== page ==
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  • Portents of the Real: A Primer for Post 9/11 America
  • Robert P. Marzec
Susan Willis . Portents of the Real: A Primer for Post 9/11 America. New York: Verso, 2005. 146 pp.

Susan Willis' Portents of the Real, as the subtitle tells us, is a "Primer for Post-9/11 America." The book lives up to this promise by offering a gravely-needed reconsideration of a series of cultural events that took place in the years immediately following 9/11. These events—the eruption of patriotism in the form of a mass dissemination of American flags across the U.S.; the emergence of hundreds of anthrax threat hoaxes; the occurrence of John Allen Muhammad's and John Lee Malvo's sniper attack on Washington, DC; the becoming visible of the U.S.'s "shadow government"; the appearance of "risk takers" (such as the Niagara Falls plunger Kirk Jones) amidst a Homeland Securities environment of constant alarm; and the discovery, and then circulation of the photos of the torture of Iraqi prisoners by American soldiers at Iraq's Abu Ghraib prison. The value of the book lies precisely in Willis' reconstellation of these events—which she correctly argues have been "trivialized" and explained away "formulaically" by the media and government authorities alike. Despite the shocking and in some cases frightening nature of these events, Willis notes that they have also become part of the world of the "mundane," and because of this she approaches each of these events through the "vernacular" of the discourse of American modernity (she retrieves the phrase "Old Glory" to discuss the mass consumption of flags; the title for the chapter that analyses the DC sniper attack is entitled "What Goes Around Comes Around"). Such a deconstructive, bricolage maneuver can be a potentially powerful cultural critique, and in the strongest moments of this book (the chapter on Anthrax, for instance), Willis' work keenly reveals the ways in which the discourse of everyday life simultaneously conceals and reveals the repressed Real of a violent and monumentally contradictory neo-imperial American culture.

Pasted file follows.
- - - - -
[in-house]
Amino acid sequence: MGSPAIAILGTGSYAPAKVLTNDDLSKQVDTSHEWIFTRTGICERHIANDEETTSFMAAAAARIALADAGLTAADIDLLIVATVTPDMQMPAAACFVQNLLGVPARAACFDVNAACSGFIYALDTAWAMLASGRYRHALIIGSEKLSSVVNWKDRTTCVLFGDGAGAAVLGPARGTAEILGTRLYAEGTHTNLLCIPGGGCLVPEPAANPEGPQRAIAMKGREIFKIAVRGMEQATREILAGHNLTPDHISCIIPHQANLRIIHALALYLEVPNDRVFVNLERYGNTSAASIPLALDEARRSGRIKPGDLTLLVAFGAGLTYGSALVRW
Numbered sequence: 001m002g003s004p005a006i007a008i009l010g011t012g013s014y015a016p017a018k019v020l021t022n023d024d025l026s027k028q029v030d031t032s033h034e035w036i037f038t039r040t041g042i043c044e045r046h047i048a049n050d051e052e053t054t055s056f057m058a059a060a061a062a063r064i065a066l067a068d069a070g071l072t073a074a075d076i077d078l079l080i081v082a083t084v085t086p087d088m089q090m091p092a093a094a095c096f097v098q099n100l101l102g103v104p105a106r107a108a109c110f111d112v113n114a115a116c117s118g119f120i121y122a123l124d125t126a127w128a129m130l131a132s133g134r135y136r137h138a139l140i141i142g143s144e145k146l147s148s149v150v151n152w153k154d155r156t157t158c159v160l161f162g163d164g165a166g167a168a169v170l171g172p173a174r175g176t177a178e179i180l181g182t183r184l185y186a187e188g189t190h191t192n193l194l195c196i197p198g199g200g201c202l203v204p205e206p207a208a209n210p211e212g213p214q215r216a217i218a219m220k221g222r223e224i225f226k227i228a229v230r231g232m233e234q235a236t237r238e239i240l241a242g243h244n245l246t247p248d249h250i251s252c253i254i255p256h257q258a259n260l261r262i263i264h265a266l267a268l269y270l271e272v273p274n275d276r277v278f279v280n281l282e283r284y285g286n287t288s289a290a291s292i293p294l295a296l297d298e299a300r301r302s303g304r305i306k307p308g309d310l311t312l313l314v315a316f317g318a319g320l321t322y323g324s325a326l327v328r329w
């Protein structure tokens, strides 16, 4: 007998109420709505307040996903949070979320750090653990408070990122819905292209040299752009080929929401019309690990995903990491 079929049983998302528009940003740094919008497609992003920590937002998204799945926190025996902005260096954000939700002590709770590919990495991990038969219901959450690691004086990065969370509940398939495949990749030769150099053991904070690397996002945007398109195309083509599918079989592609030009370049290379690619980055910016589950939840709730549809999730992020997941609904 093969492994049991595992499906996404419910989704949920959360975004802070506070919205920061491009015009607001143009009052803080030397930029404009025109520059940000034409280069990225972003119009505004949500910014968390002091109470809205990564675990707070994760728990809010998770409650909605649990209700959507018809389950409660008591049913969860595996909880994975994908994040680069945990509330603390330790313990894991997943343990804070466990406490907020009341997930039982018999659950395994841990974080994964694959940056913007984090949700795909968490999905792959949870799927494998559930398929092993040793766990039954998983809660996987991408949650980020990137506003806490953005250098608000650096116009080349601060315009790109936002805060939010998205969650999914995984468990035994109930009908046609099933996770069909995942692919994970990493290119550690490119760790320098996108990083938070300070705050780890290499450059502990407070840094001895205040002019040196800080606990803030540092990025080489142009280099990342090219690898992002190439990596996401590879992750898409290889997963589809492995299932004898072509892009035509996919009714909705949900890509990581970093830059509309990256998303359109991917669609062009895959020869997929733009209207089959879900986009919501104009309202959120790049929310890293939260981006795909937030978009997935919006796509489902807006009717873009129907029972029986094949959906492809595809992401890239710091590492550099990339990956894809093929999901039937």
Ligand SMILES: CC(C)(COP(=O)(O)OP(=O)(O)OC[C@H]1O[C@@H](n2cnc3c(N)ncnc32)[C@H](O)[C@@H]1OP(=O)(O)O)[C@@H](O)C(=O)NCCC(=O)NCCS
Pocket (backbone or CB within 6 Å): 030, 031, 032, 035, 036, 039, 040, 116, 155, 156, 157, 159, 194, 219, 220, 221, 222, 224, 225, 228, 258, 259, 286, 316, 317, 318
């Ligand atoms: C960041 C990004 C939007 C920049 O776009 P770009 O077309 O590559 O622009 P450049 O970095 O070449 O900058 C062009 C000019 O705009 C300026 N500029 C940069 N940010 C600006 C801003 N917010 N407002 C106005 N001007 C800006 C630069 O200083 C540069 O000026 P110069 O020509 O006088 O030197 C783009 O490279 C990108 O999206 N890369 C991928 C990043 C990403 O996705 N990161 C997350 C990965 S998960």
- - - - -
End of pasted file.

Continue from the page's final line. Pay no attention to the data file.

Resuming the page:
The first chapter situates the mass production and consumption of flags against the strategic deployment of the flag on the part of the State. The act of mass consumption reveals the fundamental relationship between patriotism and capitalism (to relieve their anxiety, the Bush administration urged American citizens to shop in the weeks immediately following the attack on the World Trade Center). The unfolding of the flag at specific sites discloses a concerted attempt to restage history in order to conceal its inherent and hostile contradictions. The plans, for instance, for the proposed re-presentation in statue form of the three white New York City firefighters that raised the flag at Ground Zero (a photo of this event was reprinted in newspapers across the nation) contains the suggestion that two of the firefighters be replaced by black and Hispanic figures. Such a re-presentation suggests a national consensus. However, Willis points out that the popular display of flags was mostly the response of white Americans; black and Hispanic communities in comparison displayed few flags. The flag becomes the vehicle for a State deployment of "multiculturalism": the lie of an equally diverse and peacefully coexistent community replaces the historical realities of massive under-representation and economic inequality. Reminiscent of the raising of the flag at Iwo Jima, this staged event also occurs at key military sites outside national borders: Kabul and Kandahar become the "new Iwo Jima" (16). The flag's power lies in its ability to function as a "sliding signifier," an "empty" vehicle that can be unfurled [End Page 354] anywhere and then filled with a multitude of meanings that conceal their contradictory nature, concealing and ultimately replacing a "more properly materialist sense of history" (16). In turn the economy of capitalism reaps a profit by having its citizenry engage in the mass consumption of the flag without ever needing to dwell on the political contradictions of these and other historical conflicts.

In the chapter on anthrax, Willis reminds us that, even though the nation has come to equate this toxin with al-Qaeda terrorists, anthrax threats and hoaxes considerably predate 2001's terrorist...


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pp. 354-356
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